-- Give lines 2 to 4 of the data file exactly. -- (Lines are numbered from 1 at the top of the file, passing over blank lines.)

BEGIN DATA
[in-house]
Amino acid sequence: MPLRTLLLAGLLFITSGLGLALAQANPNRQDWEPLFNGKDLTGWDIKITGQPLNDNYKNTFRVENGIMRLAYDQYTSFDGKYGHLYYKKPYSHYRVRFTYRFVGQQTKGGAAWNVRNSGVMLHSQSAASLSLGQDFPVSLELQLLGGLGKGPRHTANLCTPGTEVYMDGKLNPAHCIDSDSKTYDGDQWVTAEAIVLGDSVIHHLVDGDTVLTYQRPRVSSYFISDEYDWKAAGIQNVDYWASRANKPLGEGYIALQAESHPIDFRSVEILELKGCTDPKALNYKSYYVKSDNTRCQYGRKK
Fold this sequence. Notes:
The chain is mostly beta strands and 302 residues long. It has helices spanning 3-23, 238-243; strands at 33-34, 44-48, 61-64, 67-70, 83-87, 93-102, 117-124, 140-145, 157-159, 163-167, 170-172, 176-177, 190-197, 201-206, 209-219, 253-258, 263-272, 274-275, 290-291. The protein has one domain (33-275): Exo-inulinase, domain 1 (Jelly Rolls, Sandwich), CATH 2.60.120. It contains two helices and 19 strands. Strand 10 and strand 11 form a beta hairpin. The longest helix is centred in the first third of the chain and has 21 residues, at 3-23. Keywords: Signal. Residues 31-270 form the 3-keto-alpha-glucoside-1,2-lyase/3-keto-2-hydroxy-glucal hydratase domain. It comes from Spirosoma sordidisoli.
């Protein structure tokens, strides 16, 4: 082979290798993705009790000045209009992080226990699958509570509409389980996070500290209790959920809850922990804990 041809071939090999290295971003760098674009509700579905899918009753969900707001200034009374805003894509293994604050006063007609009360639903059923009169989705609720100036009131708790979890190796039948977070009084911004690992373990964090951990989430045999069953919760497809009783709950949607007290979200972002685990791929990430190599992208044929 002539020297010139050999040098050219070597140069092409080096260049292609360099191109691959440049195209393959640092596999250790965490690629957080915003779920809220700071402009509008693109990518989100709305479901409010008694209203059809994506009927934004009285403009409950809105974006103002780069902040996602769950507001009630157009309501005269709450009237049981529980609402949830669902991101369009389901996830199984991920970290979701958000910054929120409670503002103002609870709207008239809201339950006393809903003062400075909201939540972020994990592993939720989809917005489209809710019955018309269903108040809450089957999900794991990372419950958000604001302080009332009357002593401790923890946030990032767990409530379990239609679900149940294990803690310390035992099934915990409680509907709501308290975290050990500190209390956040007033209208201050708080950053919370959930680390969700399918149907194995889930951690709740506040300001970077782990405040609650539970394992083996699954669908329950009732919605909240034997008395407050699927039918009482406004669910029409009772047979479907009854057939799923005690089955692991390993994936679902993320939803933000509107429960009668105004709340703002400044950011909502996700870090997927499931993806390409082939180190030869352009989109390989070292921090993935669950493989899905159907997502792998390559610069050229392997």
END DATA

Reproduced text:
Amino acid sequence: MPLRTLLLAGLLFITSGLGLALAQANPNRQDWEPLFNGKDLTGWDIKITGQPLNDNYKNTFRVENGIMRLAYDQYTSFDGKYGHLYYKKPYSHYRVRFTYRFVGQQTKGGAAWNVRNSGVMLHSQSAASLSLGQDFPVSLELQLLGGLGKGPRHTANLCTPGTEVYMDGKLNPAHCIDSDSKTYDGDQWVTAEAIVLGDSVIHHLVDGDTVLTYQRPRVSSYFISDEYDWKAAGIQNVDYWASRANKPLGEGYIALQAESHPIDFRSVEILELKGCTDPKALNYKSYYVKSDNTRCQYGRKK
Fold this sequence. Notes:
The chain is mostly beta strands and 302 residues long. It has helices spanning 3-23, 238-243; strands at 33-34, 44-48, 61-64, 67-70, 83-87, 93-102, 117-124, 140-145, 157-159, 163-167, 170-172, 176-177, 190-197, 201-206, 209-219, 253-258, 263-272, 274-275, 290-291. The protein has one domain (33-275): Exo-inulinase, domain 1 (Jelly Rolls, Sandwich), CATH 2.60.120. It contains two helices and 19 strands. Strand 10 and strand 11 form a beta hairpin. The longest helix is centred in the first third of the chain and has 21 residues, at 3-23. Keywords: Signal. Residues 31-270 form the 3-keto-alpha-glucoside-1,2-lyase/3-keto-2-hydroxy-glucal hydratase domain. It comes from Spirosoma sordidisoli.